Mr. RANDOLPH. You have not met any member of this board of three medical doctors except Dr. Harless; is that right?

Mr. LOVE. That is right.

Mr. RANDOLPH. What is your personal opinion of Dr. Harless as a physician?

Mr. LOVE. I believe him to be a conscientious man. That is all I could say about him. I do not know anything about medicine, but Dr. Harless seems to be very conscientious about his work, and he takes this matter very seriously.

Mr. RANDOLPH. You would say that he is a man of talent and excellent training in the science of medicine?

Mr. Love. It would be hard to say. I do not know that I am competent to answer the question.

Mr. MARCANTONIO. You have told us that you went up to Vanetta. Mr. LOVE. Yes.

Mr. MARCANTONIO. At this time I should like to read into the record an extract from a confidential research bulletin of the Federal Emergency Relief Administration. We requested the original of this report yesterday but it has not come. The committee can reliably take my word for it that the extract I shall read is a correct one.

Mr. GRISWOLD. The matter may go into the record at this time.
Mr. MARCANTONIO. It reads as follows:

[Confidential Research Bulletin-Not for release]



JULY 10, 1934. Subject: 15 wage earners, 14 of whom are dying of silicosis, provide sustenance for entire community of 91 persons at Vanetta, W. Va.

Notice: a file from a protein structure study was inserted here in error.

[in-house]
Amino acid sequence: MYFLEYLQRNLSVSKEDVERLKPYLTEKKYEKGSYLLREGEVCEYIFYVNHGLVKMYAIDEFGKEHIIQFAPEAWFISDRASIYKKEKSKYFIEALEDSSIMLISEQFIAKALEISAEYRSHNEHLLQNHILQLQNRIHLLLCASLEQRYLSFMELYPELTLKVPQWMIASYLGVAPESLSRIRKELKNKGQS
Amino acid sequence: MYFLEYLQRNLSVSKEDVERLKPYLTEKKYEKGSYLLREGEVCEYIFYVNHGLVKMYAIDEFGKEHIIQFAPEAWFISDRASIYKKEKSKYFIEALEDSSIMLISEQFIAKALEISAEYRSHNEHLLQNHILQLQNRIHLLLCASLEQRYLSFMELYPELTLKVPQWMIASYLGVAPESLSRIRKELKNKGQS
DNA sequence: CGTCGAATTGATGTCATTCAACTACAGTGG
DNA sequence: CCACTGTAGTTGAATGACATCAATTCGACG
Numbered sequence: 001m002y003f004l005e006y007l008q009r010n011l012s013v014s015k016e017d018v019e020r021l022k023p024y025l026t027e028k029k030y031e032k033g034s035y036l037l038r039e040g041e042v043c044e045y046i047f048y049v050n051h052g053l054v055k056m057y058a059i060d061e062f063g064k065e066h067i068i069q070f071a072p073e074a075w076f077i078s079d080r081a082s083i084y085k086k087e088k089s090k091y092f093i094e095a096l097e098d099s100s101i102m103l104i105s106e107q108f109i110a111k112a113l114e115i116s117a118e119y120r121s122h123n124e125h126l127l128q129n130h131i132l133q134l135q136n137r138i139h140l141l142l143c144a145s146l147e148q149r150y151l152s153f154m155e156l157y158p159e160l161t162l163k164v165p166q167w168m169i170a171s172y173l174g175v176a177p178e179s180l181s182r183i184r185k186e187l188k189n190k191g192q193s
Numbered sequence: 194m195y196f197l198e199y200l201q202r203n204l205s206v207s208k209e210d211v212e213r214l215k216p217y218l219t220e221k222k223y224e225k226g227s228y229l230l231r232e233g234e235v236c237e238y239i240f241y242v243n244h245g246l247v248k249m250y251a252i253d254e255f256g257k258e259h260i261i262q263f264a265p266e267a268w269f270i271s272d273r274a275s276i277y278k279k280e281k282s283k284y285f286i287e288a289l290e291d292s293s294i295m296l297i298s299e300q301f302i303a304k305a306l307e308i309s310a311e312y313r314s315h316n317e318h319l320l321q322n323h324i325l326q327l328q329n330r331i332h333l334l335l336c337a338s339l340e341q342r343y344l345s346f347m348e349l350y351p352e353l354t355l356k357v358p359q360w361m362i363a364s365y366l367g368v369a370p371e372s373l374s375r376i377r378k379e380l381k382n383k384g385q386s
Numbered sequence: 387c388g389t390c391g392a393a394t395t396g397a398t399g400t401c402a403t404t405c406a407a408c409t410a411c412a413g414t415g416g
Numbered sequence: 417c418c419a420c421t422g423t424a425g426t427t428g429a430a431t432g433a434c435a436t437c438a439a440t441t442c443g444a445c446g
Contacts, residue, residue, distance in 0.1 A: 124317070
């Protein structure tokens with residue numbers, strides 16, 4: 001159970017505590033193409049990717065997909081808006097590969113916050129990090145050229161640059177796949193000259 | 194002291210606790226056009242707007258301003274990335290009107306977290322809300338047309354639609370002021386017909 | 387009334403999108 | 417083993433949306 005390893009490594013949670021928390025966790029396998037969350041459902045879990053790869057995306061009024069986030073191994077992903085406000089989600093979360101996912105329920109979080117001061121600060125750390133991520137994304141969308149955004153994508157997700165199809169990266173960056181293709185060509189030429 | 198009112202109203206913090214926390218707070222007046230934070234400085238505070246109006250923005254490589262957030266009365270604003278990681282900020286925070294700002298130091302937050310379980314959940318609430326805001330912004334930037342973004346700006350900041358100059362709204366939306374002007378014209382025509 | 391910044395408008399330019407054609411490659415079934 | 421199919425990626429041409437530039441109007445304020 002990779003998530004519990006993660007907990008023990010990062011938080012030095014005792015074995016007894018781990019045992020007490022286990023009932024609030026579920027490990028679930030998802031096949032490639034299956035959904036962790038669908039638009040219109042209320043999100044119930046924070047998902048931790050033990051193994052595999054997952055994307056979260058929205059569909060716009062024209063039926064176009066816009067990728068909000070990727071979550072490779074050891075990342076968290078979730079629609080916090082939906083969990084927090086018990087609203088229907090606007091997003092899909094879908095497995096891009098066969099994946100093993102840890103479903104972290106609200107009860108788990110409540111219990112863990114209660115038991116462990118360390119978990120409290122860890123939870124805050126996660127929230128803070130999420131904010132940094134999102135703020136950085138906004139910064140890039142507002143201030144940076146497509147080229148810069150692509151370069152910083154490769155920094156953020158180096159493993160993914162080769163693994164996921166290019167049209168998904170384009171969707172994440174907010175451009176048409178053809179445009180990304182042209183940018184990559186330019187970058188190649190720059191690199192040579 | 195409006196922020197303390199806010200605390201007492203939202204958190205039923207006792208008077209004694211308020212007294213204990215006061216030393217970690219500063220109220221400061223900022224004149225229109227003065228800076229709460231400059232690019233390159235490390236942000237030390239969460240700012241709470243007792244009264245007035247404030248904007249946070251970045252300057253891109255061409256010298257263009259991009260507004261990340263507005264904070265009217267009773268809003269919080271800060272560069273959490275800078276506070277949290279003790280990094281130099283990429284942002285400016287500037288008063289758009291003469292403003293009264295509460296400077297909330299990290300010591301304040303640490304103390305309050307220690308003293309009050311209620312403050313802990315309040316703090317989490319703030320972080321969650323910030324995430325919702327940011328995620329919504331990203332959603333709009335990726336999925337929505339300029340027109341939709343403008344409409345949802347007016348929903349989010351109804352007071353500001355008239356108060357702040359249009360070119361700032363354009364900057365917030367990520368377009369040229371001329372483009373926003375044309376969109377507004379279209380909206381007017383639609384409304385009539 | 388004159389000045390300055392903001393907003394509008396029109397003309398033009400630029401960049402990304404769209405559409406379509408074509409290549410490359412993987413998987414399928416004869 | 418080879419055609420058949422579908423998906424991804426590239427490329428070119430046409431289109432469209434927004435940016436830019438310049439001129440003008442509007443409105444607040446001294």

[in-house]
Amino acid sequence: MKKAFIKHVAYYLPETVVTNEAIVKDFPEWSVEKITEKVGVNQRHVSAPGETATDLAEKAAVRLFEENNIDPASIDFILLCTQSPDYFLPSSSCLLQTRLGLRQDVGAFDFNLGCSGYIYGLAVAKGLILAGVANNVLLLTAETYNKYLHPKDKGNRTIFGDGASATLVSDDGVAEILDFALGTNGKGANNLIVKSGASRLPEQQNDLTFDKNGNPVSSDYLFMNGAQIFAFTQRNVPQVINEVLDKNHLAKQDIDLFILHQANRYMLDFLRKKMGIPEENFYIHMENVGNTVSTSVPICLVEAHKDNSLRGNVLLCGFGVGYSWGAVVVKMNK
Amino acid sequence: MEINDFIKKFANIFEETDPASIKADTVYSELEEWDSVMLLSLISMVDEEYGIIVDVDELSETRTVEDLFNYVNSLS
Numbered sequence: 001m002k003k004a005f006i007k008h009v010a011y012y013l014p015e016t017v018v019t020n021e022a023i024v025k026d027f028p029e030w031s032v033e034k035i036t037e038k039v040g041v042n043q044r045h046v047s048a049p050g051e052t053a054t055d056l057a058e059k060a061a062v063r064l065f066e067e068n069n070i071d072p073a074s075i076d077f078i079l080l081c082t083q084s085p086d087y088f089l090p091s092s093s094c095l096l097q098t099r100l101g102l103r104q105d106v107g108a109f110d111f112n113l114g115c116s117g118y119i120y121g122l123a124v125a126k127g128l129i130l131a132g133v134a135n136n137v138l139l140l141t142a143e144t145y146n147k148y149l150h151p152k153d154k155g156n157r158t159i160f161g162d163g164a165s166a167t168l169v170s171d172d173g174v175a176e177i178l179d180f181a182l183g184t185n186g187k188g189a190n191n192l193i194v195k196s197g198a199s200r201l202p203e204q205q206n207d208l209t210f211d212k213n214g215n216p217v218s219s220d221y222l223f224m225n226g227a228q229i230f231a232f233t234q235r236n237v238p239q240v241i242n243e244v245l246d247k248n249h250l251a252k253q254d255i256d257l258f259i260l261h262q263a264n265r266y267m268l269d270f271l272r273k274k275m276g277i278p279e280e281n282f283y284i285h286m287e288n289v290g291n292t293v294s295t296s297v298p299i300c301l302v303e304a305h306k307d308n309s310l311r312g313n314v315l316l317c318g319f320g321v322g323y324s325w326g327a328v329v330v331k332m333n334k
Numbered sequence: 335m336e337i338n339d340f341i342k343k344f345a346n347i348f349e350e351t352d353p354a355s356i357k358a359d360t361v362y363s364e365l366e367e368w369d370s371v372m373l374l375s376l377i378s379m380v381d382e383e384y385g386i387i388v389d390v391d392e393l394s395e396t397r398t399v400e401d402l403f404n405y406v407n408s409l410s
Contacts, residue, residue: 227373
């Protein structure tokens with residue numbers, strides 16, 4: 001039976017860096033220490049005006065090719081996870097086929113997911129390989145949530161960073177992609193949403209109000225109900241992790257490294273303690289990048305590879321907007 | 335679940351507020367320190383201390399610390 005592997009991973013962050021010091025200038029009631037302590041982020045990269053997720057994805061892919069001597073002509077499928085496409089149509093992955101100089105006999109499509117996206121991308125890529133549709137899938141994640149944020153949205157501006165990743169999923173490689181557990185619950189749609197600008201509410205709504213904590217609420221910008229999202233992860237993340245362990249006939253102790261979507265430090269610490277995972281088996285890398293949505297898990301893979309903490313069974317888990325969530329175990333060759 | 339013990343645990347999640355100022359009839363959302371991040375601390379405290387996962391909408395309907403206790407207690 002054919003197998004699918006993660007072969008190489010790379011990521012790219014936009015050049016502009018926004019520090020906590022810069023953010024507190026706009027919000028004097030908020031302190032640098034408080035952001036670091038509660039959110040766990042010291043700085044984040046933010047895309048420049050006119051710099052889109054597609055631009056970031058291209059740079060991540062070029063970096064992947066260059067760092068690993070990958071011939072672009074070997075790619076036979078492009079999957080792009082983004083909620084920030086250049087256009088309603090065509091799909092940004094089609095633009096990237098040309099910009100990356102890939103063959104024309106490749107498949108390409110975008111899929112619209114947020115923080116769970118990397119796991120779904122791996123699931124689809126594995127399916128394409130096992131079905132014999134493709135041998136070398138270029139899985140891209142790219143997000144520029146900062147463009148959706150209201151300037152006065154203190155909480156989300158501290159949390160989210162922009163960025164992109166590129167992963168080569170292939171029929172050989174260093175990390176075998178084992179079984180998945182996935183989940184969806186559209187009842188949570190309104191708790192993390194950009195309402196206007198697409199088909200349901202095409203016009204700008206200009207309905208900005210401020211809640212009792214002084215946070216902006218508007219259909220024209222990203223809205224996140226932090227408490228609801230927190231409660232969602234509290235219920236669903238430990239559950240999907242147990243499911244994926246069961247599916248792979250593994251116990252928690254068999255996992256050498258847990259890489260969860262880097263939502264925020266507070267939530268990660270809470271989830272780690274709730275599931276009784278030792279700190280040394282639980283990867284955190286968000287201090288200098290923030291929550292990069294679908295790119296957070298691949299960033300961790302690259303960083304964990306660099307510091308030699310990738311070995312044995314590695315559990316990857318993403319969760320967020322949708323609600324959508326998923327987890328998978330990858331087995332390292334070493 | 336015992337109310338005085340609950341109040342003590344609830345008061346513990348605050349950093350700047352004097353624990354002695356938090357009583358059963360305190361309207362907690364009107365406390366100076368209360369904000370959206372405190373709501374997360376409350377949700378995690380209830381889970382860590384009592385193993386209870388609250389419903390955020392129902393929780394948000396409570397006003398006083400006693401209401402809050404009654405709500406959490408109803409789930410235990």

Source: Report of Leon Brower, statistician for West Virginia, National Recovery Administration.

In the early months of 1930 large numbers of able-bodied Negroes were brought to Vanetta, W. Va., an abandoned coal-mining settlement which was prosperous as late as 1925, to engage in the drilling of a 3-mile tunnel required by an electric-power development. The mountain to be pierced was found to consist of pure silicate. In spite of the warnings of the West Virginia Department of Mines the contractors took no precautions against the consequences of the workers of breathing the dust, which causes silicosis, a disease which destroys lung tissues and ultimately causes suffocation. As early as the fall of 1930 thousands of workers died, allegedly of pneumonia, but exact figures are not available as many of the sick were allowed to wander away. The labor turn-over on the job was estimated at more than 300 percent.

On the completion of the project in September 1932, Vanetta reverted to the status of an abandoned village. In 1932 there were 91 persons in residence, occupying 61 tumble-down hovels, 14 children, 44 adult females, and 43 adult males. Of the latter all but 10 have silicosis. Support for the community comes from the earnings of 15 of the males, but 14 of whom suffer from silicosis. Thirteen are engaged on a road-construction project 18 miles away and are forced to walk to and from work, leaving them but 5 hours a day for labor. Moreover many, because of their illness, must lay off work every other day and are frequently too weak to lift a sledge hammer.

Quoting Mr. Brower :